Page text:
On Kant’s Duty to Speak the Truth

Kantian Review 21 (1):27-51 (2016)

Authors
Thomas Mertens
Radboud University Nijmegen
Abstract
In, Kant defends a position that cannot be salvaged. The essay is nonetheless important because it helps us understand his philosophy of law and, more specifically, his interpretation of the social contract. Kant considers truthfulness a strict legal duty because it is the necessary condition for the juridical state. As attested by Kants arguments against the death penalty, not even the right to life has such strict unconditional status. Within the juridical state, established by the social contract, the innate right to freedom is transformed into a bundle of merely positive rights, including the right to life. Understanding the reason for the rejection of thus helps us understand the, in a sense, character of Kant’s legal philosophy. In conclusion, some suggestions are made to bring his position closer to our common moral understanding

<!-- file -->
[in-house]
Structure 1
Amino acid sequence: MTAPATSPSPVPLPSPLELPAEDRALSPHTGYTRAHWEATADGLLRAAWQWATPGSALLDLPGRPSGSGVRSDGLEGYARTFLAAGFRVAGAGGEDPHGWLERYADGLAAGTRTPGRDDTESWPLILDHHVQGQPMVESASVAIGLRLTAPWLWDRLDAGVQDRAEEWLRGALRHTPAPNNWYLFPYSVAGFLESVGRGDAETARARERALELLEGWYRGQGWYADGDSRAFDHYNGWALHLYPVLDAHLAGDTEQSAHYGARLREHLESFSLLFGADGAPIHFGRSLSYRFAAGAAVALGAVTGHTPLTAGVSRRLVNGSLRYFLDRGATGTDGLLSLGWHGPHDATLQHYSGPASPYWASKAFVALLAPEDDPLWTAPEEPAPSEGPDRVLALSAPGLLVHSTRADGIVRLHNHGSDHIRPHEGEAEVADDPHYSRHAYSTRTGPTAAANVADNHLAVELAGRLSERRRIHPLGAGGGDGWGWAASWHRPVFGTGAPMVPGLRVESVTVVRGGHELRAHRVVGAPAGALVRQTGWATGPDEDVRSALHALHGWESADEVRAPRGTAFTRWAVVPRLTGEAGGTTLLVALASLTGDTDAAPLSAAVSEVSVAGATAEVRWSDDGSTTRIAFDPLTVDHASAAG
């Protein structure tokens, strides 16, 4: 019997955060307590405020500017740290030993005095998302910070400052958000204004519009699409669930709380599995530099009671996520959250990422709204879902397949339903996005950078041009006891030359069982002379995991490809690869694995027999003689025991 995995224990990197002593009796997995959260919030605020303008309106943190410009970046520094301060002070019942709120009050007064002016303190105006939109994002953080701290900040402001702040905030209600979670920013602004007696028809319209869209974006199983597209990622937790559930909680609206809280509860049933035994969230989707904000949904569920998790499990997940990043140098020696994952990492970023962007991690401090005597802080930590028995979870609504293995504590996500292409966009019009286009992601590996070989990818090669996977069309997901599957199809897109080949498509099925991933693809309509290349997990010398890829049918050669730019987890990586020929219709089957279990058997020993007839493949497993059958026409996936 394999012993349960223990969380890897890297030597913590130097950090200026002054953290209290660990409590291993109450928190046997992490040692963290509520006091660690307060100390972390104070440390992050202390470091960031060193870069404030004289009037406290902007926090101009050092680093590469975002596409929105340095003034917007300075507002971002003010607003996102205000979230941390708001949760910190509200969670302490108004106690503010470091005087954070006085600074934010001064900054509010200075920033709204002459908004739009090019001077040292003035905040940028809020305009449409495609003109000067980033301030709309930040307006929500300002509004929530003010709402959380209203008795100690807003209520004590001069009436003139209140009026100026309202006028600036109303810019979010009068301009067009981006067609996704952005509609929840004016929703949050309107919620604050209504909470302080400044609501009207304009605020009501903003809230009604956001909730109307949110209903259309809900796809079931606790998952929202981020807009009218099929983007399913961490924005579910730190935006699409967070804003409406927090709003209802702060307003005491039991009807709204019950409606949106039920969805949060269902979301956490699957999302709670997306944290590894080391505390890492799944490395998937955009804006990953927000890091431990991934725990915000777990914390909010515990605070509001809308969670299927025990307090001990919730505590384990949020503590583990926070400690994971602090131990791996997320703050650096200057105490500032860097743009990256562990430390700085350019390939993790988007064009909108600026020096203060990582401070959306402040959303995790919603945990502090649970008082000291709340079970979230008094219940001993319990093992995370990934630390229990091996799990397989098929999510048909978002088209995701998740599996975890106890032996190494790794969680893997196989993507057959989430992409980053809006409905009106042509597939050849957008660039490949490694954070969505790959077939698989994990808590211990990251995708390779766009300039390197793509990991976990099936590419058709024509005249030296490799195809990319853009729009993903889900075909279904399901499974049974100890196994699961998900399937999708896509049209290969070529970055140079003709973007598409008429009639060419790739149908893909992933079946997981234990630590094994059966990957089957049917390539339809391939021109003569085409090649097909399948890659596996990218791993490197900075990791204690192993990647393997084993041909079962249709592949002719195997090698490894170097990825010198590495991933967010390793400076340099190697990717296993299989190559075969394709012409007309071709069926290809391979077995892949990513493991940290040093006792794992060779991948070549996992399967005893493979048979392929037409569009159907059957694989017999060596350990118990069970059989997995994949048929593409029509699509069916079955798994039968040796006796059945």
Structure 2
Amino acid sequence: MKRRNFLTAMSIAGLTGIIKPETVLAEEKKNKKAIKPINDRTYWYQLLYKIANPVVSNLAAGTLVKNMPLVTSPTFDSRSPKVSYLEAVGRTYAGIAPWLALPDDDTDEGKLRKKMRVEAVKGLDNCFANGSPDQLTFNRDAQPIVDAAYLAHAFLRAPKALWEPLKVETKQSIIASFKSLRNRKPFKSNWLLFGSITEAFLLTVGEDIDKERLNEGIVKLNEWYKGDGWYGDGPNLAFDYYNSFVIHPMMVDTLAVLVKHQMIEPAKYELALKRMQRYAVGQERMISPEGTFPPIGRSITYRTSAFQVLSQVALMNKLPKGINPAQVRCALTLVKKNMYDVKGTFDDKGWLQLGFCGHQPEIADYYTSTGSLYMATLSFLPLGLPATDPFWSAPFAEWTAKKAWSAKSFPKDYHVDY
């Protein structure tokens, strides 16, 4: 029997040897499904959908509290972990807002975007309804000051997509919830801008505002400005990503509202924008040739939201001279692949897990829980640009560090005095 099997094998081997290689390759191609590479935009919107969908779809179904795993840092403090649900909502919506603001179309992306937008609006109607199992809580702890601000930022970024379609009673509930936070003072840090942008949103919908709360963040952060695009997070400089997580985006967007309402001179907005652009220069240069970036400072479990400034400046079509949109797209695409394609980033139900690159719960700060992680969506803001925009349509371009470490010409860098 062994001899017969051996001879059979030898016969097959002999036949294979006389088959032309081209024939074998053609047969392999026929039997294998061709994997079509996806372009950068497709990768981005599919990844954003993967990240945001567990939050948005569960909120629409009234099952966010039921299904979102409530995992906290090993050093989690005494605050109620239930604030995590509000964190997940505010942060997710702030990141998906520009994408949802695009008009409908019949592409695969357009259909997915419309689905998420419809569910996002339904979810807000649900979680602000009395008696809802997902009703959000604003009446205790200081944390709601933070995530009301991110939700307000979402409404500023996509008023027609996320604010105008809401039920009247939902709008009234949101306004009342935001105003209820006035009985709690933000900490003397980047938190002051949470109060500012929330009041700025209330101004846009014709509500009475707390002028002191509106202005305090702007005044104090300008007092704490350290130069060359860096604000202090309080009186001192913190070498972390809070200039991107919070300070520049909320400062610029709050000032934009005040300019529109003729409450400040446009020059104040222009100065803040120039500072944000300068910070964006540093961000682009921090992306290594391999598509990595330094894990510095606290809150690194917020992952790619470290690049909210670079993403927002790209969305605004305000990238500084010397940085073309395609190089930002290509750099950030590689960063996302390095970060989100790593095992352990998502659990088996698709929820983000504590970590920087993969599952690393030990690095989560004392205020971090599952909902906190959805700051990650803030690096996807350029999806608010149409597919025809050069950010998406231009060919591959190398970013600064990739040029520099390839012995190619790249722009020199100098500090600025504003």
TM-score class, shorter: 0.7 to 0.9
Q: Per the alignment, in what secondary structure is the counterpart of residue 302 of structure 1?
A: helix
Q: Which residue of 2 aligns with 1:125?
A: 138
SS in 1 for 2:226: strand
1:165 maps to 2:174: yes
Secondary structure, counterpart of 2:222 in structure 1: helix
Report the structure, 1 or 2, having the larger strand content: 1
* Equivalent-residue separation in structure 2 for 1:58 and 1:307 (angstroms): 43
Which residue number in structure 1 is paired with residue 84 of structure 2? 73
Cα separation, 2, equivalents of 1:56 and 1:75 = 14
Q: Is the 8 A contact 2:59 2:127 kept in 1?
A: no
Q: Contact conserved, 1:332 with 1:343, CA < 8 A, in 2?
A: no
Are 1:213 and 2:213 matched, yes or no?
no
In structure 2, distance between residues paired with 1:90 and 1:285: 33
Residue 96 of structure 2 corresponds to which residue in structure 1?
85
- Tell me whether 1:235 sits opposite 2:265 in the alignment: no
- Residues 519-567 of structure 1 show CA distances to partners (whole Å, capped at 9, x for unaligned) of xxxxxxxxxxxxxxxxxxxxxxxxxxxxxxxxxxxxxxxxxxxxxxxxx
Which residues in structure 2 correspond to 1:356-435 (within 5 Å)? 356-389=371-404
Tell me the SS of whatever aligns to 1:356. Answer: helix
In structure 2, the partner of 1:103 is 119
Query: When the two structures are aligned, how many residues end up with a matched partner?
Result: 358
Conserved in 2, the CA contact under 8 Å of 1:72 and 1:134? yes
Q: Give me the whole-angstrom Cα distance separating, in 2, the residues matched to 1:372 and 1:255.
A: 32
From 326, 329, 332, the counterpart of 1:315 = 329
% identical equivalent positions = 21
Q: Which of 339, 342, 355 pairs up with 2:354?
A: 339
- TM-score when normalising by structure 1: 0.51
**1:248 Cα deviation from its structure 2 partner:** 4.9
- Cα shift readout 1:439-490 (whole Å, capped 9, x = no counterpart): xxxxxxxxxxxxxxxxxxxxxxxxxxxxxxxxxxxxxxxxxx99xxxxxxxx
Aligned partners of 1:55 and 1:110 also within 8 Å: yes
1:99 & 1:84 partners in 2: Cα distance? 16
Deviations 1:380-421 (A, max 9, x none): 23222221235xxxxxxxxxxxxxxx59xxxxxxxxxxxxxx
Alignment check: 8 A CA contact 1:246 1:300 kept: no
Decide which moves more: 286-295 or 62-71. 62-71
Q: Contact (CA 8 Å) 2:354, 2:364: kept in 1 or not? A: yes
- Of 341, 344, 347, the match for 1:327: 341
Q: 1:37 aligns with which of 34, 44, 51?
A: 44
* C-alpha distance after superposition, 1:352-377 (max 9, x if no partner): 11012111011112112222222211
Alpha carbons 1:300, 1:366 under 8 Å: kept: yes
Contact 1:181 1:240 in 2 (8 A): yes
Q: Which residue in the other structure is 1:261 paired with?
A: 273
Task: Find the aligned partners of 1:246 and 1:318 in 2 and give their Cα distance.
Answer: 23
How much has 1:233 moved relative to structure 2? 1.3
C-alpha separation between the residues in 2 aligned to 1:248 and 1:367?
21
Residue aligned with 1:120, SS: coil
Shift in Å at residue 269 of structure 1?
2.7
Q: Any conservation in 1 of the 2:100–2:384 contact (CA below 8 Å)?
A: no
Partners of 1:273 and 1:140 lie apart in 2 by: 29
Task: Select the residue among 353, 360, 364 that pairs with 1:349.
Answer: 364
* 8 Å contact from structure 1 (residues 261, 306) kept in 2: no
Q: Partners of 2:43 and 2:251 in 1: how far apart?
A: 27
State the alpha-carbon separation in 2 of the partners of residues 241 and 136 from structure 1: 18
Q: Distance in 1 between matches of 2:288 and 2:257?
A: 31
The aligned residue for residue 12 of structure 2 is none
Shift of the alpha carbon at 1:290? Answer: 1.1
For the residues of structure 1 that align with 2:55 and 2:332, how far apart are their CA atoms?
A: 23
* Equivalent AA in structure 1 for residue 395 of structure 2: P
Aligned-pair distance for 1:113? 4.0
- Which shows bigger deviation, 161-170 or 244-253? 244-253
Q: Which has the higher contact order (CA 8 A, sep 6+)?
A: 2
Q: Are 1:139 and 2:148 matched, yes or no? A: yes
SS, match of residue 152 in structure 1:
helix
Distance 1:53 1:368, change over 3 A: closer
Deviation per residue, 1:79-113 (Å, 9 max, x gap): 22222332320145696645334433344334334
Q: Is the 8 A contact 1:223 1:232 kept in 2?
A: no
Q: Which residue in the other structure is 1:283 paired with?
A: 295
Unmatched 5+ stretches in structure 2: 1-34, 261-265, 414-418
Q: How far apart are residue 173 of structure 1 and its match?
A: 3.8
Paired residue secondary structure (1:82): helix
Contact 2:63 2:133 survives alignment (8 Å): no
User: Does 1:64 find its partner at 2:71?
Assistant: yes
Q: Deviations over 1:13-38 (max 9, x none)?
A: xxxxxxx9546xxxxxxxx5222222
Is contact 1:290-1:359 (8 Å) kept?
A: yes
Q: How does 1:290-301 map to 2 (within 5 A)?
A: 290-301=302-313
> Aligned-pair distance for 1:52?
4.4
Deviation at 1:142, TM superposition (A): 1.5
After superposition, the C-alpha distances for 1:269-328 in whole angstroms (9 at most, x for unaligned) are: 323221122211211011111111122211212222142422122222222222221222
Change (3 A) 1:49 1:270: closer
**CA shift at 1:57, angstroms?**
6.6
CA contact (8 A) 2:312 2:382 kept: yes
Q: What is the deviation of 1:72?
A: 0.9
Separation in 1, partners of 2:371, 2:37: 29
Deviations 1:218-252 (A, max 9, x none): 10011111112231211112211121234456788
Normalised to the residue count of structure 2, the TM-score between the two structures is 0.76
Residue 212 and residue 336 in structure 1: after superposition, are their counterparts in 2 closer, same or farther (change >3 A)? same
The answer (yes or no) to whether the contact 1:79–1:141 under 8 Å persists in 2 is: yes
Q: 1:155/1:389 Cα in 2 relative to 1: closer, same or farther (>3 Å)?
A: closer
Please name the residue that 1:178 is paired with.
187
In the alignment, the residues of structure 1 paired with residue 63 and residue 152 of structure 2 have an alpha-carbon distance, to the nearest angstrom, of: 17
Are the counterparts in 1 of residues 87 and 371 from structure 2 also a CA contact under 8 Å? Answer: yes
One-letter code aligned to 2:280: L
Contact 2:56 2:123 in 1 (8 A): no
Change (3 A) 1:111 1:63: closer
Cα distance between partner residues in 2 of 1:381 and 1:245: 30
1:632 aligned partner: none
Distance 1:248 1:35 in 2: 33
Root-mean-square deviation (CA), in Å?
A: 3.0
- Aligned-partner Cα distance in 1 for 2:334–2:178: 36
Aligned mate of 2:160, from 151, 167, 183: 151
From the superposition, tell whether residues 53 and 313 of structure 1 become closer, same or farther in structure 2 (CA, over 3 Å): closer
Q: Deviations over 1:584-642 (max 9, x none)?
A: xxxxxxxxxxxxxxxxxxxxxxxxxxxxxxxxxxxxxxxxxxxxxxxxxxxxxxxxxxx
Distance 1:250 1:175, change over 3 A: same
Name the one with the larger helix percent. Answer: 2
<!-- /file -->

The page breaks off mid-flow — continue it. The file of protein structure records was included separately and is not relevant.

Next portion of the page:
Keywords lying  Kant’s philosophy of law  right to life  social contract  Beccaria  legal positivism
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DOI 10.1017/s1369415415000291
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References found in this work BETA

The Law of Peoples.John Rawls - 1999 - Philosophical Quarterly 51 (203):246-253.
Kantian Dilemmas? Moral Conflict in Kant’s Ethical Theory.Jens Timmermann - 2013 - Archiv für Geschichte der Philosophie 95 (1):36-64.
Lectures on the History of Moral Philosophy.John Rawls & Barbara Herman - 2002 - Tijdschrift Voor Filosofie 64 (1):178-179.

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A Juridical Right to Lie.Hamish Stewart - 2019 - Kantian Review 24 (3):465-481.

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